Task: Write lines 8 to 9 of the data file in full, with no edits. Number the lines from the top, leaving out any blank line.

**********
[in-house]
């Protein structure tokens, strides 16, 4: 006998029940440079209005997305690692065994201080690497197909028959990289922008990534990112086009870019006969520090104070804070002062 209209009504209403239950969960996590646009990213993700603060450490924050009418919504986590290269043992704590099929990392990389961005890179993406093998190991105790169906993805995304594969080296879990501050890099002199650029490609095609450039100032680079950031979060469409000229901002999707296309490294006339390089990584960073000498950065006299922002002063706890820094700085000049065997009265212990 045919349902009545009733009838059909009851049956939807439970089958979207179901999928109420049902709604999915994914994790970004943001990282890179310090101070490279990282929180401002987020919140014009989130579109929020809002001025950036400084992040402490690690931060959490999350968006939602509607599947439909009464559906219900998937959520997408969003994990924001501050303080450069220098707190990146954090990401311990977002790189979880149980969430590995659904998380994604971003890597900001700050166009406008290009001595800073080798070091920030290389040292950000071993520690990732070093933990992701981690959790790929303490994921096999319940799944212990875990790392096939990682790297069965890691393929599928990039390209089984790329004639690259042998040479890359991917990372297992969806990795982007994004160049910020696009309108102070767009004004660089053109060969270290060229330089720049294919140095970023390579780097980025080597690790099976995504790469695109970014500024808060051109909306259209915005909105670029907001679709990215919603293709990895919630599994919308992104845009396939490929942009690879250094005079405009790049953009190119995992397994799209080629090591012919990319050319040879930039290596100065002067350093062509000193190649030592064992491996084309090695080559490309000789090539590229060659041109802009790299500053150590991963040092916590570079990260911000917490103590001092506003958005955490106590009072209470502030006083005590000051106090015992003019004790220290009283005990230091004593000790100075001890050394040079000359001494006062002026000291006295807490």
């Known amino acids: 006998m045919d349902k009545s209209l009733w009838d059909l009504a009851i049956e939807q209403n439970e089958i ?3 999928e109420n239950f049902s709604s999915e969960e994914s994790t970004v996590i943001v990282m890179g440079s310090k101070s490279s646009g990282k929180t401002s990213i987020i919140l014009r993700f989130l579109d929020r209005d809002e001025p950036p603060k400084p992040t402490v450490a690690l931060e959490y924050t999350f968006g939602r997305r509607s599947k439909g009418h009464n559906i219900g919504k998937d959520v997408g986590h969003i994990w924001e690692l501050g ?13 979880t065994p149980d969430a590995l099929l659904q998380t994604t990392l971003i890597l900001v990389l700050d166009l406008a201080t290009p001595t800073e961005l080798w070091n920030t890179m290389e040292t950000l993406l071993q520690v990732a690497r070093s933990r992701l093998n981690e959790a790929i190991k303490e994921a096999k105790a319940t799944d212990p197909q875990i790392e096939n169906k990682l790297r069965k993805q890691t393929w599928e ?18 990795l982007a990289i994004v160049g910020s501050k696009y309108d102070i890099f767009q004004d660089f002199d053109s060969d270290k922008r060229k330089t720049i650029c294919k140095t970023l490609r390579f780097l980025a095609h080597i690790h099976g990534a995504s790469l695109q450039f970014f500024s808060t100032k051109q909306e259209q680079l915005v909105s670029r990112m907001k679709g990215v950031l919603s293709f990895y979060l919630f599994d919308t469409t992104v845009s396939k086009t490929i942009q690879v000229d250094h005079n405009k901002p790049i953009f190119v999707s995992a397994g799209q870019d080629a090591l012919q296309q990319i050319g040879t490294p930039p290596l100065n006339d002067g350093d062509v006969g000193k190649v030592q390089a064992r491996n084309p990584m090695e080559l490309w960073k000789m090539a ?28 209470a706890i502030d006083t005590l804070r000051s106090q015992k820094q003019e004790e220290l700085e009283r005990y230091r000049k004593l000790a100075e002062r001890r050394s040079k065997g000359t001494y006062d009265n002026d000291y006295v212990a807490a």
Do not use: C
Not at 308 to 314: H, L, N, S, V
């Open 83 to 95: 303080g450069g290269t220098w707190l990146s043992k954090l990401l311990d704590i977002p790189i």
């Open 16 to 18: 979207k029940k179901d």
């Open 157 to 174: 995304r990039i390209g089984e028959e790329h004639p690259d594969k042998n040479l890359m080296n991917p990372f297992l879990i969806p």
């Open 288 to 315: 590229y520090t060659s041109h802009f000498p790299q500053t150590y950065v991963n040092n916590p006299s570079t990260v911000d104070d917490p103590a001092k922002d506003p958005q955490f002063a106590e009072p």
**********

């Open 157 to 174: 995304r990039i390209g089984e028959e790329h004639p690259d594969k042998n040479l890359m080296n991917p990372f297992l879990i969806p």
């Open 288 to 315: 590229y520090t060659s041109h802009f000498p790299q500053t150590y950065v991963n040092n916590p006299s570079t990260v911000d104070d917490p103590a001092k922002d506003p958005q955490f002063a106590e009072p």